The United Nations’ (UN) International Day of the World's Indigenous People is observed on August 9 each year to promote and protect the rights of the world’s Indigenous peoples. NITV is dedicated to highlight Indigenous stories from this country and across the globe and we are proud and privileged to provide you with 5 inspirational shows that you will love.
5 Aug 2015 - 3:10 PM  UPDATED 10 Aug 2015 - 12:41 PM

The United Nations’ (UN) International Day of the World's Indigenous People is observed on August 9 each year to promote and protect the rights of the world’s Indigenous peoples. NITV is dedicated to highlight Indigenous stories from this country and across the globe and we are proud and privileged to provide you with 5 inspirational shows that you will love.

1. Anatomy, Australia

SISTAGIRL defies stereotypes of what it means to be a beautiful transgender Indigenous Australian today.

 

2. Altiplano, Peru

A former war photographer and her physician husband are caught up in a riot when locals in an Andean village vent their unhappiness with contamination from a nearby mine. A visually striking feature set against the majestic backdrop of the high Andes in Peru. Nominated for Best Film at the 2009 Ghent International Film Festival. Directed by Peter Brosens and Jessica Hope Woodworth, and stars Magaly Solier, Jasmin Tabatabai and Olivier Gourmet. (From Belgium, in Quechua, Spanish, French and English) (Drama) (2009) (Rpt) M (A,L,V)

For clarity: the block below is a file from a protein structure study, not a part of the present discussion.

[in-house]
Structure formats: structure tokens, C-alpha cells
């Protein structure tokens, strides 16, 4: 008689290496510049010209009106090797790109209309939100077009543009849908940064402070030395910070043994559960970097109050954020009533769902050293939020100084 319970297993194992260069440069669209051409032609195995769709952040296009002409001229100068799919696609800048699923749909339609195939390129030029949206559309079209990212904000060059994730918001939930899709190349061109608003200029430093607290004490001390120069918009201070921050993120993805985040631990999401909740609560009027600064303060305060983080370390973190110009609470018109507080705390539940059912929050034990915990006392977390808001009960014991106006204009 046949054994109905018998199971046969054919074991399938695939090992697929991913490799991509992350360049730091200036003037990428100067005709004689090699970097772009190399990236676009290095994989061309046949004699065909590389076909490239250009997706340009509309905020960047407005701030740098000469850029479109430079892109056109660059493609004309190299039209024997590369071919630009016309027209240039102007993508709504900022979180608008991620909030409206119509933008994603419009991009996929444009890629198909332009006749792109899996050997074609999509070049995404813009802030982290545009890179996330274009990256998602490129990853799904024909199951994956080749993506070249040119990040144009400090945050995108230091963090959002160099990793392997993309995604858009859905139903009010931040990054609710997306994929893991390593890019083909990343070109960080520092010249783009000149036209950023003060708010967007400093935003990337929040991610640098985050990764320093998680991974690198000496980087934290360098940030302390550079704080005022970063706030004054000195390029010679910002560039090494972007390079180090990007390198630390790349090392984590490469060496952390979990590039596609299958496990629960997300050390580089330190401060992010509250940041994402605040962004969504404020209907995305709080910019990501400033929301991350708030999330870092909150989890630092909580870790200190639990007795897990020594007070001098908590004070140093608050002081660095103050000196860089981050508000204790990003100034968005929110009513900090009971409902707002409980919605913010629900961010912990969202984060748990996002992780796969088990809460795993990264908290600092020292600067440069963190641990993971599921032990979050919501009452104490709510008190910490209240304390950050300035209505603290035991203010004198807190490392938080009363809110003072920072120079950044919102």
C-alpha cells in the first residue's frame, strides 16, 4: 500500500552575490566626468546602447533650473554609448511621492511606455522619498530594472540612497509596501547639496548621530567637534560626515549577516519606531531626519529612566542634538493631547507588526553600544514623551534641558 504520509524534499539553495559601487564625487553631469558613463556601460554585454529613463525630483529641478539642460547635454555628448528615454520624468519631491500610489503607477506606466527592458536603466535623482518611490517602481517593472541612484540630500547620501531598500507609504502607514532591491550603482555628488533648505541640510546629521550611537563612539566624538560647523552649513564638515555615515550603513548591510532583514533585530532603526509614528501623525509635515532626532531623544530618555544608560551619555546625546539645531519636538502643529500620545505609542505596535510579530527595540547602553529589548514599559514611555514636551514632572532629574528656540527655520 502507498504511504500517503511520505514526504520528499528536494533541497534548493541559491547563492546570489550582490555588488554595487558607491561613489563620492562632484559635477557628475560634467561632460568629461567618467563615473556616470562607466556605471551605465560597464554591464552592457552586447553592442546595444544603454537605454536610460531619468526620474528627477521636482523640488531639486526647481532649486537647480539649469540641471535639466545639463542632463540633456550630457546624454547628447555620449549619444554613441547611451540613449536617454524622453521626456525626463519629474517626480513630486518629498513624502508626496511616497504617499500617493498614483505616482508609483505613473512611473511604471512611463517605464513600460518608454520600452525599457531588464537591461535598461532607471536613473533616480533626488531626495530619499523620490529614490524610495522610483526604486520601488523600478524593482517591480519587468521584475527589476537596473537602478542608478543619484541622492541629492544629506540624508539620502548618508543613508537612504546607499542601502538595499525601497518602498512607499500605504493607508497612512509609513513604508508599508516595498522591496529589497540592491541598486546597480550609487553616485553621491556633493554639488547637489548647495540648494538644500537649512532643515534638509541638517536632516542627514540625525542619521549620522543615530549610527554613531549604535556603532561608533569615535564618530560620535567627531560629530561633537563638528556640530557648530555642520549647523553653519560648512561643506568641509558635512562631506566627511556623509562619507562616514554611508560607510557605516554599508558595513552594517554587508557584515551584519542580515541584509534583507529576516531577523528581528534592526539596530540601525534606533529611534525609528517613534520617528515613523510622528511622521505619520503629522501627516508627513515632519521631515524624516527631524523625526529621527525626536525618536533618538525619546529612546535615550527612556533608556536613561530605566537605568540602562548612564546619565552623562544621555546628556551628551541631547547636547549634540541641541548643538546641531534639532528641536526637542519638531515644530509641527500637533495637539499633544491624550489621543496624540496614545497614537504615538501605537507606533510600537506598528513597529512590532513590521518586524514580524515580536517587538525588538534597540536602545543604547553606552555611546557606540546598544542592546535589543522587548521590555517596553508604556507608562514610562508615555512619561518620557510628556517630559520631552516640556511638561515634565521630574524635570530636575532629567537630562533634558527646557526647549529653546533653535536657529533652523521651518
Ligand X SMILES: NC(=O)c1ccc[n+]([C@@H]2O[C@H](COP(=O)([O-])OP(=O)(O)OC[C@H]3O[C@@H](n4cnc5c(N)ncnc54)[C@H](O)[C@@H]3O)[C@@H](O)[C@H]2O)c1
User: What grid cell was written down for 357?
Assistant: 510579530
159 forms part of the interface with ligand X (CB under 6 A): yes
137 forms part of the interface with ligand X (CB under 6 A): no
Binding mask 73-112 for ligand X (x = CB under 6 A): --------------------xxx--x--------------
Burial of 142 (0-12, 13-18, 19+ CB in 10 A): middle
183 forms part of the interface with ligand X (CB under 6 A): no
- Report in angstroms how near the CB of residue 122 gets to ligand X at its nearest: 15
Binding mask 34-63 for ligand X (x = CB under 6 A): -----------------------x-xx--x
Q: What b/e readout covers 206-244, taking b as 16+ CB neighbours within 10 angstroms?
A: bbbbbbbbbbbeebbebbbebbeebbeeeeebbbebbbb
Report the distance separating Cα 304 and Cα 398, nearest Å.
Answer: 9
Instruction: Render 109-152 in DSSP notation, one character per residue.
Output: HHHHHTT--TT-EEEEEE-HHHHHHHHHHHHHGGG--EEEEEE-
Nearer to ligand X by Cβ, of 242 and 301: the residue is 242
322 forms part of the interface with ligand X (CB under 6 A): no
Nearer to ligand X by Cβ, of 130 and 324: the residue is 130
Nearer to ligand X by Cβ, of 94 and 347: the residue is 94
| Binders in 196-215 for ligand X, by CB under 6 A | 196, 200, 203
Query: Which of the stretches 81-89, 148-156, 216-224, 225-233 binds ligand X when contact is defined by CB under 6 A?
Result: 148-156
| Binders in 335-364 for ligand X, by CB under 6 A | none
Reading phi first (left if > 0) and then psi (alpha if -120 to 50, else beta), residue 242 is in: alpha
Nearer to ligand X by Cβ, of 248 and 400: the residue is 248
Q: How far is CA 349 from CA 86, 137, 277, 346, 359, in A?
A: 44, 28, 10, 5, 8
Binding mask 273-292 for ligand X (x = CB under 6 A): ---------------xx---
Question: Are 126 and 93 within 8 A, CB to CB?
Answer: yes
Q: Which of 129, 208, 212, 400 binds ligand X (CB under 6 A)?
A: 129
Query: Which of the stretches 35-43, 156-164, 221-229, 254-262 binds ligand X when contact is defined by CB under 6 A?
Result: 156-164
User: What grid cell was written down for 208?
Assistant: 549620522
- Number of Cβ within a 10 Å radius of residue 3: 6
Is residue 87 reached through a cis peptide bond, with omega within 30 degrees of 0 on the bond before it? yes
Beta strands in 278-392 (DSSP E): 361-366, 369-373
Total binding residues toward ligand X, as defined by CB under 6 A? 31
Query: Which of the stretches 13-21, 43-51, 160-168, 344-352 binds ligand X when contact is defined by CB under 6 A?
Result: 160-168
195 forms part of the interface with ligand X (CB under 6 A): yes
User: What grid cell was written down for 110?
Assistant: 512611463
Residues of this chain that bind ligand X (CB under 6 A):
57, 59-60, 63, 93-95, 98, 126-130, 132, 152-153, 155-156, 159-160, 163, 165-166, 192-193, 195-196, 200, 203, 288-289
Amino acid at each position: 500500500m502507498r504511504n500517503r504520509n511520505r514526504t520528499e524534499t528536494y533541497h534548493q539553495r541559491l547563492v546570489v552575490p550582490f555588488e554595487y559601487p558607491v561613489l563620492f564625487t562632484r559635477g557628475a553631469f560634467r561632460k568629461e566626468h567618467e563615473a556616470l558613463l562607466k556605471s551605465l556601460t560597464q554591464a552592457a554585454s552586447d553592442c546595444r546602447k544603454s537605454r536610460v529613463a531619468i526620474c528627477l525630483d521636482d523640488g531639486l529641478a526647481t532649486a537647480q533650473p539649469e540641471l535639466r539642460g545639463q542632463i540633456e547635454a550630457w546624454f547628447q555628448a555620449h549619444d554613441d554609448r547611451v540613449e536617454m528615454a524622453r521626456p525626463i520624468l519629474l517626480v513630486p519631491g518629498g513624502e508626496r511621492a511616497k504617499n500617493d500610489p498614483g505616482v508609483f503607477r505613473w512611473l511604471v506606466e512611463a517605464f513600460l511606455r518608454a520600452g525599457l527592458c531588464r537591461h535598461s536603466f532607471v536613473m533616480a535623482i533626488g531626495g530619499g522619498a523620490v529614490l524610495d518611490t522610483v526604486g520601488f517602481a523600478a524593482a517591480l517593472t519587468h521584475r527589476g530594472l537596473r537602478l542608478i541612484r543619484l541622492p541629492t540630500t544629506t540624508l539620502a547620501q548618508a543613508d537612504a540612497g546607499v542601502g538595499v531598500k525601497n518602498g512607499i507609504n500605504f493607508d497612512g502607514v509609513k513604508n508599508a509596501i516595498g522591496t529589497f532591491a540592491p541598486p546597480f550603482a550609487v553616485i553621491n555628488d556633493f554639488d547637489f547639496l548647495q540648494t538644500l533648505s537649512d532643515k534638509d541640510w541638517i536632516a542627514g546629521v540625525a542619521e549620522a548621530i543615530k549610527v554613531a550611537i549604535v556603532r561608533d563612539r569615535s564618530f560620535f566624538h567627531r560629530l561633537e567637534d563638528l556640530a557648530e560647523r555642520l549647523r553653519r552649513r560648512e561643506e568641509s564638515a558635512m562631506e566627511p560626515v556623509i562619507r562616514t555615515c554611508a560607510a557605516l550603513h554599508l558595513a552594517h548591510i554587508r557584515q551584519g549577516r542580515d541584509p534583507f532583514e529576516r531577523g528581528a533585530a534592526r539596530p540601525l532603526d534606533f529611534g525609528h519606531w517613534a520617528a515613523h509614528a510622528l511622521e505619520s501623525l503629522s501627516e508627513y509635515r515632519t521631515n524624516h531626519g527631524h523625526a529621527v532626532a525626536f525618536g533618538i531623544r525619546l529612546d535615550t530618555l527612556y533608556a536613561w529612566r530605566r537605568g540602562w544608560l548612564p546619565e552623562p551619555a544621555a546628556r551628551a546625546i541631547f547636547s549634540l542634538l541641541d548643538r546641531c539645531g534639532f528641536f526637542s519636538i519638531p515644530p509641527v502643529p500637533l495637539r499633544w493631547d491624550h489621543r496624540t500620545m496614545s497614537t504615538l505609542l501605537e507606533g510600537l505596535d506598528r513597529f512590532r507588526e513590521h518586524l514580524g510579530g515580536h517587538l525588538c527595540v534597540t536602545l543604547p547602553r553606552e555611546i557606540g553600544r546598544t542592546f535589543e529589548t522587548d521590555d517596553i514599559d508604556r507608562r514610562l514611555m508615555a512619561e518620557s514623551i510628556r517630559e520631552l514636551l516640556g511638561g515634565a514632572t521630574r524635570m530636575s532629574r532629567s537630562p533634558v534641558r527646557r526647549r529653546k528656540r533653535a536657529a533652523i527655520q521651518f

3. The Prophets, New Zealand

This riveting, seven part series reveals the incredible stories of the Maori prophets. Presented as a comprehensive anthology, their lives are a fascinating aspect of NZ history.

 

4. Dreaming Lhasa, Tibet

A young Tibetan woman from New York City comes to Dharamsala, the exile headquarters of the Dalai Lama in India, in search of her roots.

 

5. Kimberley, The Land Of The Wandjina

The Wandjina, spirit guardians of one of the last great wilderness areas on Earth, watch over a land ruled on the coast by some of the most ferocious tides in the world, and in the inland by fresh water, falling water or no water at all. Everything in the Kimberley in northwest Australia has adapted to live with the cycles of running water and extremes of wet and dry, and to survive the long periods of drought between the torrential monsoon rains.